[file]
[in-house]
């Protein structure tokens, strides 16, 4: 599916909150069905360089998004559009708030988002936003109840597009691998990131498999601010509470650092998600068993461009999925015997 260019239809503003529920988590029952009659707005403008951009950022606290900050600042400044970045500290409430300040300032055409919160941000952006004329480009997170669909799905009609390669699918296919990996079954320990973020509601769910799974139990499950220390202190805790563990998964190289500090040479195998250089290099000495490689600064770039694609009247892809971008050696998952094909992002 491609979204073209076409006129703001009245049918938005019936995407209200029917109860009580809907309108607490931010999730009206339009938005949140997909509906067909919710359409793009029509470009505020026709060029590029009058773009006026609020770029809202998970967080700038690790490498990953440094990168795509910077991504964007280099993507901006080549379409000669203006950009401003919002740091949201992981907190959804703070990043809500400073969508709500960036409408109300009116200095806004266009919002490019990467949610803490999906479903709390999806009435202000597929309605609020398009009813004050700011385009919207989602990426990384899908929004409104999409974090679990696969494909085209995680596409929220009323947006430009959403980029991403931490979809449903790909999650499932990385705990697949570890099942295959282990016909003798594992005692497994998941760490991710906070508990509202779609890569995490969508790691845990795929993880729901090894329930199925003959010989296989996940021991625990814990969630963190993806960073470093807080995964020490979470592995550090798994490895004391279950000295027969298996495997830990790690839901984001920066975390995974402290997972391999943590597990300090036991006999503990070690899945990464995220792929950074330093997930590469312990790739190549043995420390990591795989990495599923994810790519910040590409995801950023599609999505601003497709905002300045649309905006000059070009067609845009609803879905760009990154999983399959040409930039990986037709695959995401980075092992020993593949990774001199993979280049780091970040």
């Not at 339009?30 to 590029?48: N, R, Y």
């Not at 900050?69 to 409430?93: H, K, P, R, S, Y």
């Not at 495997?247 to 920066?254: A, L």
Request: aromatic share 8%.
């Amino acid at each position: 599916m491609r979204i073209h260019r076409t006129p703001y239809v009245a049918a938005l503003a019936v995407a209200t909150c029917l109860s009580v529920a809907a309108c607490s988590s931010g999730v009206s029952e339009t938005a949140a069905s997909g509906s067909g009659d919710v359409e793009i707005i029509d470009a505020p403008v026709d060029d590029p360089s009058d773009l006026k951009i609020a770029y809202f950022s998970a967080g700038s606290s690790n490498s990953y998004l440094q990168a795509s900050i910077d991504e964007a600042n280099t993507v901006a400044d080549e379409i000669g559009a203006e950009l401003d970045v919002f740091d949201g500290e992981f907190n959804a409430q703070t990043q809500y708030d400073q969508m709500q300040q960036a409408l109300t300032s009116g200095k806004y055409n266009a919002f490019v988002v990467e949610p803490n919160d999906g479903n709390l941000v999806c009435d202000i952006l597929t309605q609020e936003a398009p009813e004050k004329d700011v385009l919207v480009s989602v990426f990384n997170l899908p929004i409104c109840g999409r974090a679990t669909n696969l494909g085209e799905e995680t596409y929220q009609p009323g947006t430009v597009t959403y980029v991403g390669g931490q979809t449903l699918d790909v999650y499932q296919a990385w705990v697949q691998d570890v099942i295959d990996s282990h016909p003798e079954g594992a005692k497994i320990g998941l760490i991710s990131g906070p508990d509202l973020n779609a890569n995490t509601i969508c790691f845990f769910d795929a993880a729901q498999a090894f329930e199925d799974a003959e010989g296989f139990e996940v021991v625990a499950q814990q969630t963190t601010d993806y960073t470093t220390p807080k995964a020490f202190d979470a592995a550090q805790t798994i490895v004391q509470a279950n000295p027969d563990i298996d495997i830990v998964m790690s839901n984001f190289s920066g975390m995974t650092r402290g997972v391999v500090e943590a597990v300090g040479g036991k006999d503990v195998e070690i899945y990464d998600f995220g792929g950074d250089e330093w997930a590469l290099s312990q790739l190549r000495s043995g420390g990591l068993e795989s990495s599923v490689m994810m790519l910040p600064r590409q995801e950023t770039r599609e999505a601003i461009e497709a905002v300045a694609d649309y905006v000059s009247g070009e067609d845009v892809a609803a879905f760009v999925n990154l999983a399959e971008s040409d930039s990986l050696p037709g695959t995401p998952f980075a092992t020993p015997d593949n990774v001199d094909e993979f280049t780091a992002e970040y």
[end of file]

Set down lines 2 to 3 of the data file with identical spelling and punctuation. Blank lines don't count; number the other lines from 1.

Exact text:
């Protein structure tokens, strides 16, 4: 599916909150069905360089998004559009708030988002936003109840597009691998990131498999601010509470650092998600068993461009999925015997 260019239809503003529920988590029952009659707005403008951009950022606290900050600042400044970045500290409430300040300032055409919160941000952006004329480009997170669909799905009609390669699918296919990996079954320990973020509601769910799974139990499950220390202190805790563990998964190289500090040479195998250089290099000495490689600064770039694609009247892809971008050696998952094909992002 491609979204073209076409006129703001009245049918938005019936995407209200029917109860009580809907309108607490931010999730009206339009938005949140997909509906067909919710359409793009029509470009505020026709060029590029009058773009006026609020770029809202998970967080700038690790490498990953440094990168795509910077991504964007280099993507901006080549379409000669203006950009401003919002740091949201992981907190959804703070990043809500400073969508709500960036409408109300009116200095806004266009919002490019990467949610803490999906479903709390999806009435202000597929309605609020398009009813004050700011385009919207989602990426990384899908929004409104999409974090679990696969494909085209995680596409929220009323947006430009959403980029991403931490979809449903790909999650499932990385705990697949570890099942295959282990016909003798594992005692497994998941760490991710906070508990509202779609890569995490969508790691845990795929993880729901090894329930199925003959010989296989996940021991625990814990969630963190993806960073470093807080995964020490979470592995550090798994490895004391279950000295027969298996495997830990790690839901984001920066975390995974402290997972391999943590597990300090036991006999503990070690899945990464995220792929950074330093997930590469312990790739190549043995420390990591795989990495599923994810790519910040590409995801950023599609999505601003497709905002300045649309905006000059070009067609845009609803879905760009990154999983399959040409930039990986037709695959995401980075092992020993593949990774001199993979280049780091970040």
């Not at 339009?30 to 590029?48: N, R, Y």